The Importance of Listening

I just finished reading a book called Tribes, by Seth Godin. In the book, Godin points out that a key component to creating a successful tribe is that the tribe’s leader must be an excellent listener. Only after each member feels heard and the need for validation is satisfied, can the tribe function as a harmonious and cohesive unit. And then, it will inevitably thrive!

Thrive?! I’m all for that…so how can I apply this wisdom to my community? To my family? To myself? It sounds so simple, but when I look at my life, I don’t see a lot of listening. Why?

In Is Love Enough? Michael Franti sings, “We want freedom of speech, but we’re all talking at the same time; we say we want peace, but nobody wants to change their own mind…” I agree Michael; we all want to be heard, but we don’t want to listen.

So, how do we start? Where do we start? Sometimes, it can be so overwhelming! The angry rhetoric in the Presidential Election. Wars all over the world. My boss. My partner. My kids. It’s not easy.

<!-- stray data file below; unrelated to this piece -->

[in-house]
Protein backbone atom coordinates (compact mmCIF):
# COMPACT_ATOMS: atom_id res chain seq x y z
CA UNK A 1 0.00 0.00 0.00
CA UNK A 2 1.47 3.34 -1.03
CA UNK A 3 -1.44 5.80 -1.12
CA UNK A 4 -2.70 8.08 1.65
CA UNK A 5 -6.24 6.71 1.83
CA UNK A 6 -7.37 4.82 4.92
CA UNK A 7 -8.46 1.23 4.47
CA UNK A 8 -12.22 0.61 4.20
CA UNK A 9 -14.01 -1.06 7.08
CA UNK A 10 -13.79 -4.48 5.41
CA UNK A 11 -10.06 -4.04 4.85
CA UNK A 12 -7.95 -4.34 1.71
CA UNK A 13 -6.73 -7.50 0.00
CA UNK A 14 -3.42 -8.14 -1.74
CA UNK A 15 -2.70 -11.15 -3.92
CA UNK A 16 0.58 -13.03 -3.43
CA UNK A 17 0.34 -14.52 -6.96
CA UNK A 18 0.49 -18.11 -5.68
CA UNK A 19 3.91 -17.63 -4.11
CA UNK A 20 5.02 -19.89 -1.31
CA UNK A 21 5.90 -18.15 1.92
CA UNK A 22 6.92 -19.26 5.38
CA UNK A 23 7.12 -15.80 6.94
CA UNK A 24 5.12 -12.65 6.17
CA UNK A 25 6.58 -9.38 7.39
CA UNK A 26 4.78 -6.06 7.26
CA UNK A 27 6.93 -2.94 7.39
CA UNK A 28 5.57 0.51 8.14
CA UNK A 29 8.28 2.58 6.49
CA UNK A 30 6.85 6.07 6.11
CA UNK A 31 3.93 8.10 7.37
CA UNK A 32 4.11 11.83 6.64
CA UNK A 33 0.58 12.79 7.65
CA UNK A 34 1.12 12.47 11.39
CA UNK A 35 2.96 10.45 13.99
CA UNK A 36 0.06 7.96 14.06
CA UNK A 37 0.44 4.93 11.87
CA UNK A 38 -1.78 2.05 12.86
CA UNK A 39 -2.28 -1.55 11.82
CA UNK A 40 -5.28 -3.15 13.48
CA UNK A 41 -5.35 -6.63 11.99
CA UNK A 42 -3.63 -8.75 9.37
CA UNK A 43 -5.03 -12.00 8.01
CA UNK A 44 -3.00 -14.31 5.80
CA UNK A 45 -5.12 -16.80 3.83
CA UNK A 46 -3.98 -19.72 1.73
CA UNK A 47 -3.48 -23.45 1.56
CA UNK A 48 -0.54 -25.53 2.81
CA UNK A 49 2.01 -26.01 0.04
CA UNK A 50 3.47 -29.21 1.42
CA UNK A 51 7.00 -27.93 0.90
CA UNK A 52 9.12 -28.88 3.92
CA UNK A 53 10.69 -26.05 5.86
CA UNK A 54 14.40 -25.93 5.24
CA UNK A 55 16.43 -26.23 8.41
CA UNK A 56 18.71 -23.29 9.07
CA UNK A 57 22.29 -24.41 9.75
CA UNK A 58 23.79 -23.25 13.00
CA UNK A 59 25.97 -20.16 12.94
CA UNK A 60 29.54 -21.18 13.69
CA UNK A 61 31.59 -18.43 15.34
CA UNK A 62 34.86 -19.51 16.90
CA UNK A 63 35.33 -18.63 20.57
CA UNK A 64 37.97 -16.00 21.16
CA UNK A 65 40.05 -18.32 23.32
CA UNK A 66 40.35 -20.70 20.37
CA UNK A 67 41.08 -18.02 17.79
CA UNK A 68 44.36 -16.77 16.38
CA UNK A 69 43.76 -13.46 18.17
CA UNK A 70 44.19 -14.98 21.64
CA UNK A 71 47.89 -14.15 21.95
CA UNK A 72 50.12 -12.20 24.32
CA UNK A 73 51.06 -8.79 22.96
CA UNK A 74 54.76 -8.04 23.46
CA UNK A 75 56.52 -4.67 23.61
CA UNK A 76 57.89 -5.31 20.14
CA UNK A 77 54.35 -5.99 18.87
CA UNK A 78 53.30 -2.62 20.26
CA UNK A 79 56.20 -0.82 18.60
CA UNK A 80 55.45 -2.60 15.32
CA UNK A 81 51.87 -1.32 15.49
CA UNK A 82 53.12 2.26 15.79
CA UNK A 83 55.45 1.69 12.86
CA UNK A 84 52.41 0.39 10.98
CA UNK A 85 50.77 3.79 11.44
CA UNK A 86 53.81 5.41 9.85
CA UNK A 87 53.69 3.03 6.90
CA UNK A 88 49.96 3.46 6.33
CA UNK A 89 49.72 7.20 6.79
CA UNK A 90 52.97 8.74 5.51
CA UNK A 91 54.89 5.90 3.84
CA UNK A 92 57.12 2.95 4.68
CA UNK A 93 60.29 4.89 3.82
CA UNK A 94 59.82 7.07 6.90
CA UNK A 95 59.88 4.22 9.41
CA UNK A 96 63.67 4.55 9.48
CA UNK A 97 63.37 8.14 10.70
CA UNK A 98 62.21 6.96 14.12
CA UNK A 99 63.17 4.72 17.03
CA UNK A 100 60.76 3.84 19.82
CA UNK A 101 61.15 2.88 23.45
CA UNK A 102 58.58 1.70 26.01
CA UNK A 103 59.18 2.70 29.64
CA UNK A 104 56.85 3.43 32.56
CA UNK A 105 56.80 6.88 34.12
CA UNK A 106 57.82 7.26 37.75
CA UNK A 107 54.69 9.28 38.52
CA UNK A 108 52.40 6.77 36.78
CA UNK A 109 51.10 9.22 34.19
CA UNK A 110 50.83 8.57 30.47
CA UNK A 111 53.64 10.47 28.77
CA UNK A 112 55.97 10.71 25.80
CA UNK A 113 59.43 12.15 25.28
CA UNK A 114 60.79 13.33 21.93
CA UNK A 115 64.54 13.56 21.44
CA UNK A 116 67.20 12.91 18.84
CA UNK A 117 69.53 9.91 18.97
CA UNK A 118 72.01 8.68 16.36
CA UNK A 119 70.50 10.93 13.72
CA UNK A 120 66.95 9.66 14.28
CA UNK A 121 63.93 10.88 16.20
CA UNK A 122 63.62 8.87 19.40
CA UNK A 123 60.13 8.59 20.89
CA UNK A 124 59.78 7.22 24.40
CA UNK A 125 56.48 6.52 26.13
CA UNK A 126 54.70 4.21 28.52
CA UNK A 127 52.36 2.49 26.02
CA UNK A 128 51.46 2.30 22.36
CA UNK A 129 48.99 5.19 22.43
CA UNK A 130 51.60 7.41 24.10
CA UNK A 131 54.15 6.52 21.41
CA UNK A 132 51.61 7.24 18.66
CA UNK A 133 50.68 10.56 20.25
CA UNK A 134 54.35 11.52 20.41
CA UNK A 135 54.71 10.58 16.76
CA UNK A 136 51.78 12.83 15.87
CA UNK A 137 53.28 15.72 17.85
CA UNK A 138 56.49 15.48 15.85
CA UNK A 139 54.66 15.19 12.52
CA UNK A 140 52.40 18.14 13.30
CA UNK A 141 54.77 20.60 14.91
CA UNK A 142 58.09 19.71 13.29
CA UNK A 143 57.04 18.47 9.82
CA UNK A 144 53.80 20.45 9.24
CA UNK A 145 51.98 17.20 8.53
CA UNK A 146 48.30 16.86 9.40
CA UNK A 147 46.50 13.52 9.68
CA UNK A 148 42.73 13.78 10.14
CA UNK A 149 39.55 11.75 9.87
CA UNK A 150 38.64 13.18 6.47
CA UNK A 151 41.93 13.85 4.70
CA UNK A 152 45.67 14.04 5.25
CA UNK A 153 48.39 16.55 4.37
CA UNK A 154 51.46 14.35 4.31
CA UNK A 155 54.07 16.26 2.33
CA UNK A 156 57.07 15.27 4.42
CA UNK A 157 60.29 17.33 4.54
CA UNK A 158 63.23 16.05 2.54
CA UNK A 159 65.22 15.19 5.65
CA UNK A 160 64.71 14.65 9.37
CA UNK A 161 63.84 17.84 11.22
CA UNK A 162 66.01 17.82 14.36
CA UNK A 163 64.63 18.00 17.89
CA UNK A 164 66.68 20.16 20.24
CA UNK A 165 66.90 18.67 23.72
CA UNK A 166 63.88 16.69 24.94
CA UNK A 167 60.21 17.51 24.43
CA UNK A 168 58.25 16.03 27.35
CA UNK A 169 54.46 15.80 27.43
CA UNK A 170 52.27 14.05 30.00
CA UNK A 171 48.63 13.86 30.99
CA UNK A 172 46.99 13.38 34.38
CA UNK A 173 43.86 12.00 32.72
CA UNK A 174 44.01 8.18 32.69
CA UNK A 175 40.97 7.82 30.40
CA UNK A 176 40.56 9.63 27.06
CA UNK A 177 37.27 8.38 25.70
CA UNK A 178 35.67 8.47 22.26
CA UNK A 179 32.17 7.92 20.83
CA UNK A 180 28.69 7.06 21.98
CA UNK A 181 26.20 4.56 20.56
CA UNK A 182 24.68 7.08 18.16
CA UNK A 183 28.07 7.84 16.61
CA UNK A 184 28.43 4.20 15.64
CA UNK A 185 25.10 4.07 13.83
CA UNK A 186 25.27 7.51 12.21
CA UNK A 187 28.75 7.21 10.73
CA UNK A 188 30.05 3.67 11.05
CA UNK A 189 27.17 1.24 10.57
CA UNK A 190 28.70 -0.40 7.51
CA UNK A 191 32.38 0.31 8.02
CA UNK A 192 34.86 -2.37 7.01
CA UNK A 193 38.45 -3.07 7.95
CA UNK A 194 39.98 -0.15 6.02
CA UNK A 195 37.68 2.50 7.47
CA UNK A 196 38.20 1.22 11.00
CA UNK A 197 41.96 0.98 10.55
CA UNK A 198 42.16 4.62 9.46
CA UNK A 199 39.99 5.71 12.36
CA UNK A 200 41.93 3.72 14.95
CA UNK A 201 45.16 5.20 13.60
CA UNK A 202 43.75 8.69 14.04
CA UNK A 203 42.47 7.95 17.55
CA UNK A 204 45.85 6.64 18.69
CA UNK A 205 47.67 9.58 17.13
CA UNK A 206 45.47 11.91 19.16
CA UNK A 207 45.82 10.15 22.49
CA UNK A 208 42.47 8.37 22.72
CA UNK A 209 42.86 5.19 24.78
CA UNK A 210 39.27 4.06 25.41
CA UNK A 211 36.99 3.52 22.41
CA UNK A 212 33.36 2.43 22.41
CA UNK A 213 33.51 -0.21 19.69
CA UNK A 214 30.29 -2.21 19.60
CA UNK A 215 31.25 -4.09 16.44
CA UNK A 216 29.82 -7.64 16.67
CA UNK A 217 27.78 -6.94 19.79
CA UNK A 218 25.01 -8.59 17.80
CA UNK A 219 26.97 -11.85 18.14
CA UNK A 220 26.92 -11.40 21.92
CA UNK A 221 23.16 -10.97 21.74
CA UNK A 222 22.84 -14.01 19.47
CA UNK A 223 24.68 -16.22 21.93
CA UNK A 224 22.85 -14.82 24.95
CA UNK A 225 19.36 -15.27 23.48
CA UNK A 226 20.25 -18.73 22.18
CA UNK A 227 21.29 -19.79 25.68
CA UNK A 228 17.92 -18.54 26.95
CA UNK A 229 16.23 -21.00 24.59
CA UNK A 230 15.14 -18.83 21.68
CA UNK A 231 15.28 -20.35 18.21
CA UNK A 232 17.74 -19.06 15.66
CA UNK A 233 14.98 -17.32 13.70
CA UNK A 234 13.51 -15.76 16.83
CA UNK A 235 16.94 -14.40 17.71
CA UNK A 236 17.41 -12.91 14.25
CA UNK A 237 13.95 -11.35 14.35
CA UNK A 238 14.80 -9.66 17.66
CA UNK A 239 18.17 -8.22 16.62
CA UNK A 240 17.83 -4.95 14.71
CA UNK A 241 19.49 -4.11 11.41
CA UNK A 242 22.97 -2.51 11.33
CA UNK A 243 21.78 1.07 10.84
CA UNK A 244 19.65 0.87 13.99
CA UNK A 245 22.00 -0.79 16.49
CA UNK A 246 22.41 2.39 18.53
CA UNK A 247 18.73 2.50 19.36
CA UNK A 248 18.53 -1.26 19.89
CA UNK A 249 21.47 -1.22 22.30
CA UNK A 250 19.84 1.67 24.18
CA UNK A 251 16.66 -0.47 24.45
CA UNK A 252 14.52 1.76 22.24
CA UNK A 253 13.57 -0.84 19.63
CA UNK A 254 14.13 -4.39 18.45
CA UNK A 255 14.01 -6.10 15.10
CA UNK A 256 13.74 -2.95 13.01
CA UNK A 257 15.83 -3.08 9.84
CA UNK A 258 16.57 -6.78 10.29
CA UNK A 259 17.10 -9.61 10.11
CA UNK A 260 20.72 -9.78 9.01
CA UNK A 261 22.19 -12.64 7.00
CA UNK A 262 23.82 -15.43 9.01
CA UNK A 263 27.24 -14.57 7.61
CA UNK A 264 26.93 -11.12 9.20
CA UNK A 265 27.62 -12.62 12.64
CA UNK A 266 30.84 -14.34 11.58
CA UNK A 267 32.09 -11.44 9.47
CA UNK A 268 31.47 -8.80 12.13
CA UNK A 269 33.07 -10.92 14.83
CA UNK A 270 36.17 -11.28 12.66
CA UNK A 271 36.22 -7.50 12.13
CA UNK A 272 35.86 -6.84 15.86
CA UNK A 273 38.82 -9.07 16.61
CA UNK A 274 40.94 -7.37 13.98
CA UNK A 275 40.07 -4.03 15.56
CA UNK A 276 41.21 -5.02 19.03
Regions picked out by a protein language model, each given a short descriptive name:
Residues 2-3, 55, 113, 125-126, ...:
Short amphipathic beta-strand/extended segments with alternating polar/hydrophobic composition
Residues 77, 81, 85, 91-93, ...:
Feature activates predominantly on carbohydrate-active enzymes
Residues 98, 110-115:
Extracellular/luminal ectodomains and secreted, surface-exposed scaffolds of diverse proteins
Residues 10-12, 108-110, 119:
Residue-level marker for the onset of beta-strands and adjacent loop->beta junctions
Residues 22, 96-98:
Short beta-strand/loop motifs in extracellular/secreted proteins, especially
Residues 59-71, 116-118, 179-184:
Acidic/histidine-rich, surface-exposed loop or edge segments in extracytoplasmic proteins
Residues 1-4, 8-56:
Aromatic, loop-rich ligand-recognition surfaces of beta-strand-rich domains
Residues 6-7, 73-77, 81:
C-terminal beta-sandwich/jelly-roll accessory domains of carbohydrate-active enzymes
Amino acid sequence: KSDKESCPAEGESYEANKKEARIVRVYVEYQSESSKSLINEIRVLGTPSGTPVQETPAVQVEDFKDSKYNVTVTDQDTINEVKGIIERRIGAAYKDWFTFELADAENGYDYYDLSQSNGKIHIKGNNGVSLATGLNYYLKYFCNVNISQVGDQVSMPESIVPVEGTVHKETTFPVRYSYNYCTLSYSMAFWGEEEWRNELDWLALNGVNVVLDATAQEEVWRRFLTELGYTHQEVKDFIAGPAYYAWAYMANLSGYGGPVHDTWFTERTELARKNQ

I think we have to start with ourselves. Do I listen to myself? Or do I judge, shame, silence the internal voice? Maybe if we could all practice listening to ourselves—just a little bit every day—we would learn to be better listeners to others. Maybe then we could listen without judgment. We could listen to sorrow, pain, and anger—even if directed toward us—and provide a safe space for those expressions.

Maybe then a little love could seep in, and harmony, and healing. Toward the end of his song, Michael Franti asks, “Can you love some more?”

I think we can.

One Comment on “The Importance of Listening

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